Creating a game to compete against the likes of Sony's Gran Turismo series and Microsoft's Forza franchise is a daunting task to say the least. It’s tough to satisfy casual and hardcore fans. With that in mind, Bandai Namco will attempt to dethrone the competition with the forthcoming Project CARS, a game that should turn a few heads when it arrives for Xbox One, PlayStation 4 and PC in a matter of weeks, and Wii U later this year.
The publisher didn't put its trust in any developer. Rather, it partnered with Slightly Mad Studios, a team who previously bought the Need For Speed Shift series to life before moving over to PC with the driving MMO, World of Speed. Now Project CARS has become its primary focus, and you can tell how serious this developer is when it comes to making a racing game feel like the real thing.
Project CARS aims for realism, but doesn't go so over the top that rookies can't hop on board. You'll find a variety of vehicles in the game to choose from, with plenty of input from professional racers, including former driver Ben Collins.
Unlike other racing games, you have access to a full garage and slate of tracks from around the world, and you can practice to your heart's content. Since it's a simulation, however, you shouldn’t rely so much on drifting as opposed to maintaining sufficient speed so you don't fly off the track. We learned that the hard way with a recent demo, when we crashed into a wall.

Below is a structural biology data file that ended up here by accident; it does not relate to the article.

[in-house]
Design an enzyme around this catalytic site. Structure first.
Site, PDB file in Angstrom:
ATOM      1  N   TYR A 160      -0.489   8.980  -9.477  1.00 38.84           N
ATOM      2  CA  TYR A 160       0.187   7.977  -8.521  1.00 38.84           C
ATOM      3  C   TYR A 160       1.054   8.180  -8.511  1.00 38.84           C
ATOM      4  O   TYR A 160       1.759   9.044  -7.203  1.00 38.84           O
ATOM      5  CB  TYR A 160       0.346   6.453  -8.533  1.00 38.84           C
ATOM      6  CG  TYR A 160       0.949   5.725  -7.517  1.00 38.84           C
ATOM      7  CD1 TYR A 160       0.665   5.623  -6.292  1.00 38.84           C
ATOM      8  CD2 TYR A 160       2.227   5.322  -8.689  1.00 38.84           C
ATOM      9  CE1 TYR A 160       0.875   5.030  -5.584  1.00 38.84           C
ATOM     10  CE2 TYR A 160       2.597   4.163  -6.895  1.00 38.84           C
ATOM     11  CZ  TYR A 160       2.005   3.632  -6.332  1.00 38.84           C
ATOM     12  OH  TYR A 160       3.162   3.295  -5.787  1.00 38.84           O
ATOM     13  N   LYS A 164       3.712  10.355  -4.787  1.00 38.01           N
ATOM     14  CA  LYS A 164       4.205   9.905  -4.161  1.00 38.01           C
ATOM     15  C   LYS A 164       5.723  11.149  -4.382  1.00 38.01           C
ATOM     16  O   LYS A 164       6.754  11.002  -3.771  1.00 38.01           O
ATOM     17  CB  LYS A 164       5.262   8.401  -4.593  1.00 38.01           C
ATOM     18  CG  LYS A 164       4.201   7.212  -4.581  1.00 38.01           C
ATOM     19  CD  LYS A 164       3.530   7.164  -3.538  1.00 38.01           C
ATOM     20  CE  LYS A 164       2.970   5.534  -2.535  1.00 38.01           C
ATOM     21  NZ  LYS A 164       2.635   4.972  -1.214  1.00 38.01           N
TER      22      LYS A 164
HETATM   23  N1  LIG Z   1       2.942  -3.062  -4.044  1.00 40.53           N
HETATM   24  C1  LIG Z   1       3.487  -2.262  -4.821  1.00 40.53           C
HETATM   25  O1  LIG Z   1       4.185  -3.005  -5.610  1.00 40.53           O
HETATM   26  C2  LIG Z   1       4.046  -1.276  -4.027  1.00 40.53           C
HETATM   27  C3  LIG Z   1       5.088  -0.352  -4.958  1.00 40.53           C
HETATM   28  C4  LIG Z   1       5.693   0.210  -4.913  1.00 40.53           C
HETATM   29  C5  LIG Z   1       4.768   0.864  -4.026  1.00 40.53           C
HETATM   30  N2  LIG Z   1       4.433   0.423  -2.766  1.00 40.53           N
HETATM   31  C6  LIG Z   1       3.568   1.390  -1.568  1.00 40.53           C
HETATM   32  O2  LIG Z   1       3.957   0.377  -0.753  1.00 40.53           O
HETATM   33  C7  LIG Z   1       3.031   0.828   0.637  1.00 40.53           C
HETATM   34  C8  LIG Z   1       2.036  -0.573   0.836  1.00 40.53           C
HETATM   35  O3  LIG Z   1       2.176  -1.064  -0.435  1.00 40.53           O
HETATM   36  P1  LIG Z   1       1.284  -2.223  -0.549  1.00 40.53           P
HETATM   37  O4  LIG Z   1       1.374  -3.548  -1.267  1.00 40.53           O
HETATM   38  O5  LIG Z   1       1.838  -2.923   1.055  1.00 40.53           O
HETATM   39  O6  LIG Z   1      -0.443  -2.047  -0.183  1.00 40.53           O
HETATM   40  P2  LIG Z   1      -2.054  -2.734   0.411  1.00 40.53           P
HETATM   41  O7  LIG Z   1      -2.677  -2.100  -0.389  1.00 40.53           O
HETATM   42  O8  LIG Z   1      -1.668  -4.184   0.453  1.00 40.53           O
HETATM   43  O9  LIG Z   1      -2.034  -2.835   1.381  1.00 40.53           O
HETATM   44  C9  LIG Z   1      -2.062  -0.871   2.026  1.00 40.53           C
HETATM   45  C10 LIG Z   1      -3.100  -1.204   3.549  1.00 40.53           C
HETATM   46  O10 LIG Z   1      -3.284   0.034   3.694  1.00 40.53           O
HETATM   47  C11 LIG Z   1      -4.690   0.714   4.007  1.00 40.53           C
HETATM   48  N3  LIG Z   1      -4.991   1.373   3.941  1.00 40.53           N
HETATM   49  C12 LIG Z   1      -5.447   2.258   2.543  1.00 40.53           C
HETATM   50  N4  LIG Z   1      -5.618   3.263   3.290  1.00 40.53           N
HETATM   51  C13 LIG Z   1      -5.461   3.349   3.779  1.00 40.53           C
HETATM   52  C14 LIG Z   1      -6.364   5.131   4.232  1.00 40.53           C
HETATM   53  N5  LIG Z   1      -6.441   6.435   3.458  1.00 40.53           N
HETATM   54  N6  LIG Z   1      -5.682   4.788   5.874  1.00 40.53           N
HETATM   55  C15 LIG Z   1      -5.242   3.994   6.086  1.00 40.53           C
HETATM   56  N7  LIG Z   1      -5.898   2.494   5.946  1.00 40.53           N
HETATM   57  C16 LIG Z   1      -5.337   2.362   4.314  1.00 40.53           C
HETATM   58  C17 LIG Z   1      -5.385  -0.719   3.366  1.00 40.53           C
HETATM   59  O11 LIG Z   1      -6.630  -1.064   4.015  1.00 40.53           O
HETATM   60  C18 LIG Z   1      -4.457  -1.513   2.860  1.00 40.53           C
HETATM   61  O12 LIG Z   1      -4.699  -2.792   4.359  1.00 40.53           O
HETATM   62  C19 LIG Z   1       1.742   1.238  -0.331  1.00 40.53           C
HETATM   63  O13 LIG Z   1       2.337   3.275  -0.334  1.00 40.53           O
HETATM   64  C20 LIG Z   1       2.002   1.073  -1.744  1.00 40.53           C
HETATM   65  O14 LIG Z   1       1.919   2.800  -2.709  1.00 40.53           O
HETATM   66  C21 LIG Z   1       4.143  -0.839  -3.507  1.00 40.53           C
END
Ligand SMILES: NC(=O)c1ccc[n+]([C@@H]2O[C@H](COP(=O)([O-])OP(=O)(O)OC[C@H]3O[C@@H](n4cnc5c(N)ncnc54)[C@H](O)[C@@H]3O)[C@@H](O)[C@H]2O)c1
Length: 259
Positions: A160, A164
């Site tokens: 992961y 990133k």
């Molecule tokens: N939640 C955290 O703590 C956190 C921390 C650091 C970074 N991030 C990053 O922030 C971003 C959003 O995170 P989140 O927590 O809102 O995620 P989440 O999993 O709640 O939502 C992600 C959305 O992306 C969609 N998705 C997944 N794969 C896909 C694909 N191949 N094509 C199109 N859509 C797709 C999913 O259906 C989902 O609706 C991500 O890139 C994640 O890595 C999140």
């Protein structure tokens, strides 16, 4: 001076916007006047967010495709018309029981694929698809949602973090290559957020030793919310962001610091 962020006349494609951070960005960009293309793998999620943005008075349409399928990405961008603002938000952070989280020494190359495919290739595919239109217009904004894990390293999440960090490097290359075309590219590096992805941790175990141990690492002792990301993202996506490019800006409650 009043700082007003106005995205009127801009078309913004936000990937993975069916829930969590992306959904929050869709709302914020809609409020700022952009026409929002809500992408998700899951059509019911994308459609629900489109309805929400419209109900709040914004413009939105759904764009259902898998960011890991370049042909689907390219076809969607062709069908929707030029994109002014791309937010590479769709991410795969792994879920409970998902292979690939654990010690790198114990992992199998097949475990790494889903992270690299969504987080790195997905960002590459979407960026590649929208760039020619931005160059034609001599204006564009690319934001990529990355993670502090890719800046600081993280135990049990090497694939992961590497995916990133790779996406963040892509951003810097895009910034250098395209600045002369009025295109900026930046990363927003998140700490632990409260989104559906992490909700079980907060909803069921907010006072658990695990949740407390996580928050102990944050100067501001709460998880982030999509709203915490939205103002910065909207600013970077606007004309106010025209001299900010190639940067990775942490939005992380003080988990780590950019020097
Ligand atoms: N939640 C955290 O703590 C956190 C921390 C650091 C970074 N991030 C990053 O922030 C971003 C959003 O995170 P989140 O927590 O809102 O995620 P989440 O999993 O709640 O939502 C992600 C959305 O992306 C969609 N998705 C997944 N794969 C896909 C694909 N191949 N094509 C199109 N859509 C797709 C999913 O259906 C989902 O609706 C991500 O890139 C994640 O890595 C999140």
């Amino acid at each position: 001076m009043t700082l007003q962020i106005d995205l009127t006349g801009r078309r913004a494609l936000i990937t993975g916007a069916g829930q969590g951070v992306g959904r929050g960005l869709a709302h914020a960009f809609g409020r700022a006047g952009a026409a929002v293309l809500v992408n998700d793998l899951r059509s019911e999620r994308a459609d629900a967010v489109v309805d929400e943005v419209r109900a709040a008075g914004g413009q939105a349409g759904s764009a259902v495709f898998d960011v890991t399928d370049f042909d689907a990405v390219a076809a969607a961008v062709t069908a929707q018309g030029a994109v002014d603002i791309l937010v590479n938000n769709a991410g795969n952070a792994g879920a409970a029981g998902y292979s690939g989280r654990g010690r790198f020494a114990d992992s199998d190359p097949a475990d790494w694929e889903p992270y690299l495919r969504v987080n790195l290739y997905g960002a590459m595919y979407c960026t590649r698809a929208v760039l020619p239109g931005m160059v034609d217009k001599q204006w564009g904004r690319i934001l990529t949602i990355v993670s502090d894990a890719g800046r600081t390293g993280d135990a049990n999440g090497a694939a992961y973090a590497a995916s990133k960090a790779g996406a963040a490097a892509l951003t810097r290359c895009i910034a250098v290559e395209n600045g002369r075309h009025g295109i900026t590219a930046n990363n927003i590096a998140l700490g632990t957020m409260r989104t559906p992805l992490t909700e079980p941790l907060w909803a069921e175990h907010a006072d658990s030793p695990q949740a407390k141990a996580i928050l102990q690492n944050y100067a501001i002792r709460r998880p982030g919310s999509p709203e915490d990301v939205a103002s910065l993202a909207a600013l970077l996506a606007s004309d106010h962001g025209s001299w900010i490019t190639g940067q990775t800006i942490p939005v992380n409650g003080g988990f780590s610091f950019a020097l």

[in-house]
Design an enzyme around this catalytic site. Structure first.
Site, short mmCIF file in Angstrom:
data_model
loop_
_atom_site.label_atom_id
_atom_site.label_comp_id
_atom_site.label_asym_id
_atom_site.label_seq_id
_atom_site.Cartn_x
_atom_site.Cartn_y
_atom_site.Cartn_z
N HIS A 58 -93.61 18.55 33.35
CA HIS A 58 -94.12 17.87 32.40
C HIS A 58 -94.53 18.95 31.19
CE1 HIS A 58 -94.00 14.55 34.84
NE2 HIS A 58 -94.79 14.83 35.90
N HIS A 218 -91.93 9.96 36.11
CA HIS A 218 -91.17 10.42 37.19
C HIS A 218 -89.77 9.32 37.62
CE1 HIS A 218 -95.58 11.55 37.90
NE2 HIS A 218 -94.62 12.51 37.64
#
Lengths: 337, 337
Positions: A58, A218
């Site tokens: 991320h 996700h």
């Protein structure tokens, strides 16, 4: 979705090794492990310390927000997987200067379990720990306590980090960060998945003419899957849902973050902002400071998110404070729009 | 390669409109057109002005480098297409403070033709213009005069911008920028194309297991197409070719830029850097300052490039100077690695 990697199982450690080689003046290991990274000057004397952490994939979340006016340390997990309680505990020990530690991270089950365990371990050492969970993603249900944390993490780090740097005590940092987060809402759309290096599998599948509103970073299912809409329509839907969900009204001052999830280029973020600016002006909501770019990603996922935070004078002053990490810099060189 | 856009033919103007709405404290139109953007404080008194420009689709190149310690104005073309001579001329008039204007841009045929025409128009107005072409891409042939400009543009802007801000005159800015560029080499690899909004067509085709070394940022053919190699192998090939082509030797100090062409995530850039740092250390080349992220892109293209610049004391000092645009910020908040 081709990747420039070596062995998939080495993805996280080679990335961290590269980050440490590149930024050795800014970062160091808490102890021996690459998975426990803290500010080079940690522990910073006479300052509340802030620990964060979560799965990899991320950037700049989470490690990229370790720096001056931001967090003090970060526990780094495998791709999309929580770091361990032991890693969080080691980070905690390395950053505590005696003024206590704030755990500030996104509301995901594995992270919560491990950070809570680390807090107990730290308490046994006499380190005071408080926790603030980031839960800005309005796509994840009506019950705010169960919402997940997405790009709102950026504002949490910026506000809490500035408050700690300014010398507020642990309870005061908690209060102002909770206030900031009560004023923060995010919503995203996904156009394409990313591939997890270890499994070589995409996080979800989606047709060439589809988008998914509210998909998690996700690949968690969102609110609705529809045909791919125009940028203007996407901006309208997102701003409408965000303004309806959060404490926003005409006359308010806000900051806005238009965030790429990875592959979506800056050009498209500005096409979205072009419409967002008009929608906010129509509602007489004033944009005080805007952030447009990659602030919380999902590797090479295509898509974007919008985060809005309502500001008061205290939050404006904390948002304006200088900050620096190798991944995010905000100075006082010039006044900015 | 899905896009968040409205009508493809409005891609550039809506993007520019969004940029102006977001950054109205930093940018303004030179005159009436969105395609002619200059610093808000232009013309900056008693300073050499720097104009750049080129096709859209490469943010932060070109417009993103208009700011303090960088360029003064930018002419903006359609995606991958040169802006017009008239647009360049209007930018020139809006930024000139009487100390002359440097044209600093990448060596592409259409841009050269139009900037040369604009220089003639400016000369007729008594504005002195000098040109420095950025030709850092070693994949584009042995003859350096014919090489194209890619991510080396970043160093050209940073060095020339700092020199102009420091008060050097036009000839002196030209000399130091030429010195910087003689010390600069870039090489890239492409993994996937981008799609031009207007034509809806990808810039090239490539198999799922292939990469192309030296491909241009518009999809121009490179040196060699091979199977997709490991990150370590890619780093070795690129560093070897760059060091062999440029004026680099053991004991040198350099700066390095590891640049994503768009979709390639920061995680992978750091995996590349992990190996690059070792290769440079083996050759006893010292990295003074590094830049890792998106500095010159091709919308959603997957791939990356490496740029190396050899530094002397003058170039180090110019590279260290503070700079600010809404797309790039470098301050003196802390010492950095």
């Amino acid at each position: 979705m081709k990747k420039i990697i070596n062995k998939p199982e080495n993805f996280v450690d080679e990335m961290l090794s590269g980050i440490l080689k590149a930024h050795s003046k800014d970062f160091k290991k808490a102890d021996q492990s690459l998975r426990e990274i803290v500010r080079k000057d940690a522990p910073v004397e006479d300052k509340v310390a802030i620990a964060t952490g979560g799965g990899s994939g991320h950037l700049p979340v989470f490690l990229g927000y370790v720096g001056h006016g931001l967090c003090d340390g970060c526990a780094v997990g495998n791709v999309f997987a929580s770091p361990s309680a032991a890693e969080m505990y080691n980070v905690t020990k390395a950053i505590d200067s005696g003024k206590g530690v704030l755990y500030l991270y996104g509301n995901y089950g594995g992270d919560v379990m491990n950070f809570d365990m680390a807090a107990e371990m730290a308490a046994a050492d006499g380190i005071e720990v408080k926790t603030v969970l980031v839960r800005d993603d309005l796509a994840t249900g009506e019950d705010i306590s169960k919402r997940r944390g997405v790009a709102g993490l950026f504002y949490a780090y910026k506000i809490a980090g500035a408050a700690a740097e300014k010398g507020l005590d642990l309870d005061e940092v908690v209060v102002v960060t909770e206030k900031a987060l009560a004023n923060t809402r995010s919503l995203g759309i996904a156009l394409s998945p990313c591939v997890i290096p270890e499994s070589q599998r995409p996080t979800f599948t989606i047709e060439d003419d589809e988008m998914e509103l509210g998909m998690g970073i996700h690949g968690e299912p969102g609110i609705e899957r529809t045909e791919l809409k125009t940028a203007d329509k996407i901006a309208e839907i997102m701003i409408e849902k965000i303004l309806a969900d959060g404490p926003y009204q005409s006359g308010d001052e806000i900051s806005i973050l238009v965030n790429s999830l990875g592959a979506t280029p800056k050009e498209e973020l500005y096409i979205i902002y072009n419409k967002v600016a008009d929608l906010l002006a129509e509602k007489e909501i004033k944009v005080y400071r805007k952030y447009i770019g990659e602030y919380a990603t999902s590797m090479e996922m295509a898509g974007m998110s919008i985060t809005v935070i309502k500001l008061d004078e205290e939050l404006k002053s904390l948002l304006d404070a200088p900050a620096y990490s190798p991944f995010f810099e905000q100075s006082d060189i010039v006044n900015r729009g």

Despite our driving issues this title is quite approachable, and with a game like Project CARS, practice makes perfect. You'll be able to tackle the game's Career Mode like a champ, selecting from a number of difficulty settings and then hitting the road against impressive AI, or if you prefer, online against other players. With 40 different cars on the track at the same time, you're in for plenty of competition – and that means you have to work for a first place victory.
In addition to gameplay that captures the essence of racing, Project CARS also comes with a healthy dose of customization options. You can fine tune your vehicle across a number of areas, and change its appearance to look more intimidating on the track, if you prefer. Obviously, some of the better models will require time to master, but that makes the game so much easier to come back to.
In addition to setting up laps and competition, Project CARS also lets you adjust both weather conditions and time of day. Want to coast around on a pretty afternoon in an enclosed race track? You got it. Prefer a race that takes place at night in the pouring rain? The option is yours. Just remember that with particular conditions, you'll need to make adjustments with your driving style.
Speaking of tracks, Project CARS has plenty, including the Circuit des 24 Heures (24 Hours) from the LeMans events, as well as Silverstone, the Azura Coast (in France) and the Hockenheim. These are highly respected tracks in the real racing circuits, and Slightly Mad went to great lengths to make sure they were recreated to near perfection in the game, right down to the lighting conditions at night and the roar of the crowds from the stands.
In addition to regular races, you'll also be able to drive karts. Although they don't pack nearly as much horsepower as a sports car, they're fun to test drive, particularly if you prefer to mess around with friends rather than get into heated competition.
With beautiful visuals across each of the tracks (particularly when a storm sets in), gameplay that takes time to master and plenty of opportunities to embarrass friends for a first place finish, Project CARS may have what it takes to keep up with the competition. We'll see how it fares when the game pulls out of the garage on March 17th.